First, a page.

Architectural Modernism in European Synagogues
Looking at a range of European synagogues from the early part of the twentieth century, this itinerary is designed to illuminate not only the significance of the Jewish contribution to European built heritage in that time, but also to show the depth and range of that heritage as it still stands. For that reason, this is a transnational tour that draws on themes of aesthetics and architectural style as much as it does on more established themes of Jewish religion and culture.
The devastation to Jewish populations and culture across Europe in the mid-twentieth century also had an inconceivable impact on Jewish built heritage. Despite this, it must not be forgotten just how much still survives and how significant the conservation effort to save it is. Recognition and promotion of these structures in a wider European architectural context can only further support these efforts.
The modern synagogues in this itinerary are not representative of all the buildings that existed or currently exist, but it seeks to draw a number of important 20 th Century works, some well-known and others less so, together thematically. It is meant as an online heritage trail, through which we can explore the architectural history of the early twentieth century synagogue across the continent.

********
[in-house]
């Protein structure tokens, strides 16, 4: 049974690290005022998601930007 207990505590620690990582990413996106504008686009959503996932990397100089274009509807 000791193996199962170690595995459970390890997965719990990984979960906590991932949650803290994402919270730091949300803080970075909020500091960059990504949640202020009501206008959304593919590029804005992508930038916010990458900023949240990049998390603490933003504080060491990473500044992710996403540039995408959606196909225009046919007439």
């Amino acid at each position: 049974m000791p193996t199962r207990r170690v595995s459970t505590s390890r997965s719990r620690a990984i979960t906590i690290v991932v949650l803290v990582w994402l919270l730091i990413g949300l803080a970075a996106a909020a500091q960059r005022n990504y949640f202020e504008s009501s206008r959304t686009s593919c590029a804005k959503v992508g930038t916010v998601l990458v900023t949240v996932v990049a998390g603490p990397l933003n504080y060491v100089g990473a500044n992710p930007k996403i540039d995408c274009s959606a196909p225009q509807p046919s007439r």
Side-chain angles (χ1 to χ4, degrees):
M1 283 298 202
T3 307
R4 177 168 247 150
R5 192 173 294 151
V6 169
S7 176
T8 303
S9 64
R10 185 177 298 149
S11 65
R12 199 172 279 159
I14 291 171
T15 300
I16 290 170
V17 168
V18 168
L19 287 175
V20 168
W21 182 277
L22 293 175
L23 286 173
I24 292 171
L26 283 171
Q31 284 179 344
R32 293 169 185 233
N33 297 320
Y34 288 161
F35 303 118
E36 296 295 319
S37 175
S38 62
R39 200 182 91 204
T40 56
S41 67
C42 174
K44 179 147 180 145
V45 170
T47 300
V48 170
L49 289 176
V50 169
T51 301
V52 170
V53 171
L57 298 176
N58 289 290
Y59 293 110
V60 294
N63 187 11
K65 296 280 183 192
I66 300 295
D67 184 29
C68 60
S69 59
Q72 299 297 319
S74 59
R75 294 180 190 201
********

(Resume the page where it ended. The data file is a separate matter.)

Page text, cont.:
The first style in architecture we can truly identify as modern is Art Nouveau, although visually it appears very linked to the historicism of the 19 th Century in Europe, it is really a transitional step towards modernity. Many European architects worked in the style from the turn-of-the-century onwards and the range of aesthetics produced in the style is surprising, from the flamboyance of Subotica Synagogue in modern Serbia, to the understated elegance of Lucerne Synagogue in Switzerland.
This break with historicism that marks the beginning of our itinerary means many interesting buildings from the latter part of the 19 th Century that one may consider to be proto-modern, lay just outside the scope of this work. The search for an identifiable style in Europe at the turn of the century expressed itself in a huge variety of aesthetics. Architects in certain countries embraced the avant-garde and other ideas of modernity more readily than others, Hungary, for example, contains many notable examples as architects there stretched the possibilities of bringing together modern technologies with historical styles as they sought a national style. In Holland too, progressive communities employing equally progressive architects, left behind an important modernist legacy.
Synagogue architecture in Europe in the twentieth century is a huge subject area that continues to be the focus for a wide variety of scholarship. At the end, all the itineraries on the AEPJ Website are presented as ongoing projects, if you know of a synagogue that you feel should be included, please do get in touch and we can add it.
Notes on Art Nouveau